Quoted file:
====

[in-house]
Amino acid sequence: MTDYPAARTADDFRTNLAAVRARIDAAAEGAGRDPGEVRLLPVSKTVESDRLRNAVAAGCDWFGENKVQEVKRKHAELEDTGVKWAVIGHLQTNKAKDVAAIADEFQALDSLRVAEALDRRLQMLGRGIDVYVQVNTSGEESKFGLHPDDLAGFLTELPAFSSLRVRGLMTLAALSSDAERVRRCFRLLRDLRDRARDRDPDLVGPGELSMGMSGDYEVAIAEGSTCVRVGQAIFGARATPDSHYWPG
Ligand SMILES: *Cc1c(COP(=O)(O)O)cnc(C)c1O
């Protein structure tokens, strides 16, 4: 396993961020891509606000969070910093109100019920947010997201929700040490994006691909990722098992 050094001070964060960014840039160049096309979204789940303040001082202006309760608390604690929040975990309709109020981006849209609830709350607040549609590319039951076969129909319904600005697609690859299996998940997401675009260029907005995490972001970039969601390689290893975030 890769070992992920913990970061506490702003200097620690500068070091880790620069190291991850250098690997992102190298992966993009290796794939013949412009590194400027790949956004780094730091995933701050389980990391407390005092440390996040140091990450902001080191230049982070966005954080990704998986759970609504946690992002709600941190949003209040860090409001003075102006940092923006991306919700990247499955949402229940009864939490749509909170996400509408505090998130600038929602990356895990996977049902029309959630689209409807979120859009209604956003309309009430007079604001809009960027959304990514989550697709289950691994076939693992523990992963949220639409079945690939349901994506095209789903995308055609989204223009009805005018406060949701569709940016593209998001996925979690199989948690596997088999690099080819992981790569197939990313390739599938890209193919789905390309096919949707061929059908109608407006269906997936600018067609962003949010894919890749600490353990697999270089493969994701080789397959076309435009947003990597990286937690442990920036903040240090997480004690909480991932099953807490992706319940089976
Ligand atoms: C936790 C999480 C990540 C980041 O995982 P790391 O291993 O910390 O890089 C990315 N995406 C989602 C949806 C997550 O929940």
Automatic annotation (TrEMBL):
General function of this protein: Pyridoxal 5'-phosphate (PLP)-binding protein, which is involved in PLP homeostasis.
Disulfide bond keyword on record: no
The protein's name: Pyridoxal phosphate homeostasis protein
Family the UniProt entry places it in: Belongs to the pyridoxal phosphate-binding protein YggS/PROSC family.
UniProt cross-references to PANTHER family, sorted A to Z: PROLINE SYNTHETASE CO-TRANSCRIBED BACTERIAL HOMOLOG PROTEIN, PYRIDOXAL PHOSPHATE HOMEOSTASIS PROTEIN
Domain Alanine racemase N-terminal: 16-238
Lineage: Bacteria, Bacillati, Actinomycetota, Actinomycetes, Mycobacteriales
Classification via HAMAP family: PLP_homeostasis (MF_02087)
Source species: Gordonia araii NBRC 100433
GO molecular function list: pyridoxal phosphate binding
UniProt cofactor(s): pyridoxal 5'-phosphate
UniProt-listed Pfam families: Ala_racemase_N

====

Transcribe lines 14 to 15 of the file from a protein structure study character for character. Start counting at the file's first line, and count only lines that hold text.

Classification via HAMAP family: PLP_homeostasis (MF_02087)
Source species: Gordonia araii NBRC 100433